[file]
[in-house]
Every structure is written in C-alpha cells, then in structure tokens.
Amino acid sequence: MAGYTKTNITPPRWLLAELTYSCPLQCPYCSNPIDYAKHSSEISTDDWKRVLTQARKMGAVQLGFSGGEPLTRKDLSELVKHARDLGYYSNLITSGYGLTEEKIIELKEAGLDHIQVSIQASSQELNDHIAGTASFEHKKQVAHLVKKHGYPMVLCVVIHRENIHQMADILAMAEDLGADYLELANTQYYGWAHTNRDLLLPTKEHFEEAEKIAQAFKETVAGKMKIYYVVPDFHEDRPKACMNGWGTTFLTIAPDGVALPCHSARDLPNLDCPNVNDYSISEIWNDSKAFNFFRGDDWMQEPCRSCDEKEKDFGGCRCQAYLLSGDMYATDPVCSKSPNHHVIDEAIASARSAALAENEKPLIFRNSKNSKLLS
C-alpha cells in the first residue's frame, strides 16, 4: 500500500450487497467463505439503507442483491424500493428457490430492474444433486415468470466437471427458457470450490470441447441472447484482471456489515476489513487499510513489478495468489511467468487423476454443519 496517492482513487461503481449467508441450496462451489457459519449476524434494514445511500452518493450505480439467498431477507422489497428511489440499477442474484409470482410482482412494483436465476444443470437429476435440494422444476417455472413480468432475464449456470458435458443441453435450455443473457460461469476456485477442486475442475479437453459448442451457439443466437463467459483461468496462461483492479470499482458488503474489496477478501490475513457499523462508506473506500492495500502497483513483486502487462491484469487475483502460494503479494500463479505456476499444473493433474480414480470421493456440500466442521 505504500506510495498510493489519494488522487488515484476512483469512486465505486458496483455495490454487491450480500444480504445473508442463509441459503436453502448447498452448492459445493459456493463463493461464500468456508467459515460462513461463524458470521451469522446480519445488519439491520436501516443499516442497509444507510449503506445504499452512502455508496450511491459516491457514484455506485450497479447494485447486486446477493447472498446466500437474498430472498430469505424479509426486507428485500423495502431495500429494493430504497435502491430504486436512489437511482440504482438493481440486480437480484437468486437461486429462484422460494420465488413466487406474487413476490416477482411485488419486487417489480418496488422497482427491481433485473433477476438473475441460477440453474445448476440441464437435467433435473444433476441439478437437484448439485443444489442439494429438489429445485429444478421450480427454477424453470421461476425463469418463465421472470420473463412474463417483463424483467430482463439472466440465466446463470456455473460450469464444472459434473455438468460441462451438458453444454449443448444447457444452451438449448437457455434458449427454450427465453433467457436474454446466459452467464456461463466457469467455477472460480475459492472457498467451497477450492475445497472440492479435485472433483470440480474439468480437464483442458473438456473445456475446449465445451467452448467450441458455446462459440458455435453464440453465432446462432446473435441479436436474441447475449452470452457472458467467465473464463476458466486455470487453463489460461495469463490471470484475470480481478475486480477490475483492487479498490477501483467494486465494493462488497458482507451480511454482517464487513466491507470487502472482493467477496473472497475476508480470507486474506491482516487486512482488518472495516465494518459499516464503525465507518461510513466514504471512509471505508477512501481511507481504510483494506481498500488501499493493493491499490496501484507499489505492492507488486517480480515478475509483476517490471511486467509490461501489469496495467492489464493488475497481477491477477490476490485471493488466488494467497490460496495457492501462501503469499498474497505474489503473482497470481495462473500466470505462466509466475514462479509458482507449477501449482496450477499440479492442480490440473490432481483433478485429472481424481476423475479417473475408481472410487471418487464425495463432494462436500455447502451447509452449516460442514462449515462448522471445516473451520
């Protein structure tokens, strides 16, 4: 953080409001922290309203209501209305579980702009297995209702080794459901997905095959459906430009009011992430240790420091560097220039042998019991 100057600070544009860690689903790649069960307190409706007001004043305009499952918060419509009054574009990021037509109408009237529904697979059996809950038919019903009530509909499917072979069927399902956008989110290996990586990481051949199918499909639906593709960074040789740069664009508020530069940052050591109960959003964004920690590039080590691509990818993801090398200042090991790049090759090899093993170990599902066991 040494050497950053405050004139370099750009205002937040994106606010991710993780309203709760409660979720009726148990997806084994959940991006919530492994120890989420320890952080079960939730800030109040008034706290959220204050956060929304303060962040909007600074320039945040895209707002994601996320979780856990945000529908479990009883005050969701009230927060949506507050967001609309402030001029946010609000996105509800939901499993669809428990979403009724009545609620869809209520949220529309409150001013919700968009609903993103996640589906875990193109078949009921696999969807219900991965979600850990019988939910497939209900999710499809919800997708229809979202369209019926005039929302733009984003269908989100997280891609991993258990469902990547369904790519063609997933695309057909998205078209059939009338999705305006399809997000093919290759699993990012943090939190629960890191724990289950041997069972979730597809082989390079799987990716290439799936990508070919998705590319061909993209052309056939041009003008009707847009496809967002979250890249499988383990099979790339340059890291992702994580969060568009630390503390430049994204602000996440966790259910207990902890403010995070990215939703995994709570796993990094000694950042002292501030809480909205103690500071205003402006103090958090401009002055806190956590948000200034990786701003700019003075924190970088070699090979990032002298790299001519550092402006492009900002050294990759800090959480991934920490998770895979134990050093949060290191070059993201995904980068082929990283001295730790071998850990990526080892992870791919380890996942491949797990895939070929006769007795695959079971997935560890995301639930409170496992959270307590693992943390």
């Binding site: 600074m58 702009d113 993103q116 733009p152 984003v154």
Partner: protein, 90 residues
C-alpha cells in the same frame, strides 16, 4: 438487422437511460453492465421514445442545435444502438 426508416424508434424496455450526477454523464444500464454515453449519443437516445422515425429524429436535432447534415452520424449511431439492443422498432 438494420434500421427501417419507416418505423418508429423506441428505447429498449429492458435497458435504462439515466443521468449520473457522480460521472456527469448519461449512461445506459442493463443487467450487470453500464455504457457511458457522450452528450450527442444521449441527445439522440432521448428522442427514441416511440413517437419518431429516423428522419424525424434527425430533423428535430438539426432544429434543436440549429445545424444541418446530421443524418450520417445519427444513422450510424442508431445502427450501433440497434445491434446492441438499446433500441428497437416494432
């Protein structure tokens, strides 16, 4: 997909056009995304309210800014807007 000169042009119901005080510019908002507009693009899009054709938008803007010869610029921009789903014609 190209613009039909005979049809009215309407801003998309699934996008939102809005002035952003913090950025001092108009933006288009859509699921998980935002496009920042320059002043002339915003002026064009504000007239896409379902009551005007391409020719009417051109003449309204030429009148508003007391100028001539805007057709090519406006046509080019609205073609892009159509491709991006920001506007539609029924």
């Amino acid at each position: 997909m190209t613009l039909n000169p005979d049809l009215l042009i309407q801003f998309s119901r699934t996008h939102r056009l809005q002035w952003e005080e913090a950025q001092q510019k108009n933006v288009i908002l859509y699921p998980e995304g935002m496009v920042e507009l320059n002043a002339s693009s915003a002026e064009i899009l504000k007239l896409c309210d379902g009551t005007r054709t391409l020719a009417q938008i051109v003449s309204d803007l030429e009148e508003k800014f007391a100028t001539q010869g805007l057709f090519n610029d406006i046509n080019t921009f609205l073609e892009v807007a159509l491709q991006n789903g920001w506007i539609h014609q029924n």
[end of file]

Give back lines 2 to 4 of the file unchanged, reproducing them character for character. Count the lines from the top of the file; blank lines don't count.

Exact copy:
Every structure is written in C-alpha cells, then in structure tokens.
Amino acid sequence: MAGYTKTNITPPRWLLAELTYSCPLQCPYCSNPIDYAKHSSEISTDDWKRVLTQARKMGAVQLGFSGGEPLTRKDLSELVKHARDLGYYSNLITSGYGLTEEKIIELKEAGLDHIQVSIQASSQELNDHIAGTASFEHKKQVAHLVKKHGYPMVLCVVIHRENIHQMADILAMAEDLGADYLELANTQYYGWAHTNRDLLLPTKEHFEEAEKIAQAFKETVAGKMKIYYVVPDFHEDRPKACMNGWGTTFLTIAPDGVALPCHSARDLPNLDCPNVNDYSISEIWNDSKAFNFFRGDDWMQEPCRSCDEKEKDFGGCRCQAYLLSGDMYATDPVCSKSPNHHVIDEAIASARSAALAENEKPLIFRNSKNSKLLS
C-alpha cells in the first residue's frame, strides 16, 4: 500500500450487497467463505439503507442483491424500493428457490430492474444433486415468470466437471427458457470450490470441447441472447484482471456489515476489513487499510513489478495468489511467468487423476454443519 496517492482513487461503481449467508441450496462451489457459519449476524434494514445511500452518493450505480439467498431477507422489497428511489440499477442474484409470482410482482412494483436465476444443470437429476435440494422444476417455472413480468432475464449456470458435458443441453435450455443473457460461469476456485477442486475442475479437453459448442451457439443466437463467459483461468496462461483492479470499482458488503474489496477478501490475513457499523462508506473506500492495500502497483513483486502487462491484469487475483502460494503479494500463479505456476499444473493433474480414480470421493456440500466442521 505504500506510495498510493489519494488522487488515484476512483469512486465505486458496483455495490454487491450480500444480504445473508442463509441459503436453502448447498452448492459445493459456493463463493461464500468456508467459515460462513461463524458470521451469522446480519445488519439491520436501516443499516442497509444507510449503506445504499452512502455508496450511491459516491457514484455506485450497479447494485447486486446477493447472498446466500437474498430472498430469505424479509426486507428485500423495502431495500429494493430504497435502491430504486436512489437511482440504482438493481440486480437480484437468486437461486429462484422460494420465488413466487406474487413476490416477482411485488419486487417489480418496488422497482427491481433485473433477476438473475441460477440453474445448476440441464437435467433435473444433476441439478437437484448439485443444489442439494429438489429445485429444478421450480427454477424453470421461476425463469418463465421472470420473463412474463417483463424483467430482463439472466440465466446463470456455473460450469464444472459434473455438468460441462451438458453444454449443448444447457444452451438449448437457455434458449427454450427465453433467457436474454446466459452467464456461463466457469467455477472460480475459492472457498467451497477450492475445497472440492479435485472433483470440480474439468480437464483442458473438456473445456475446449465445451467452448467450441458455446462459440458455435453464440453465432446462432446473435441479436436474441447475449452470452457472458467467465473464463476458466486455470487453463489460461495469463490471470484475470480481478475486480477490475483492487479498490477501483467494486465494493462488497458482507451480511454482517464487513466491507470487502472482493467477496473472497475476508480470507486474506491482516487486512482488518472495516465494518459499516464503525465507518461510513466514504471512509471505508477512501481511507481504510483494506481498500488501499493493493491499490496501484507499489505492492507488486517480480515478475509483476517490471511486467509490461501489469496495467492489464493488475497481477491477477490476490485471493488466488494467497490460496495457492501462501503469499498474497505474489503473482497470481495462473500466470505462466509466475514462479509458482507449477501449482496450477499440479492442480490440473490432481483433478485429472481424481476423475479417473475408481472410487471418487464425495463432494462436500455447502451447509452449516460442514462449515462448522471445516473451520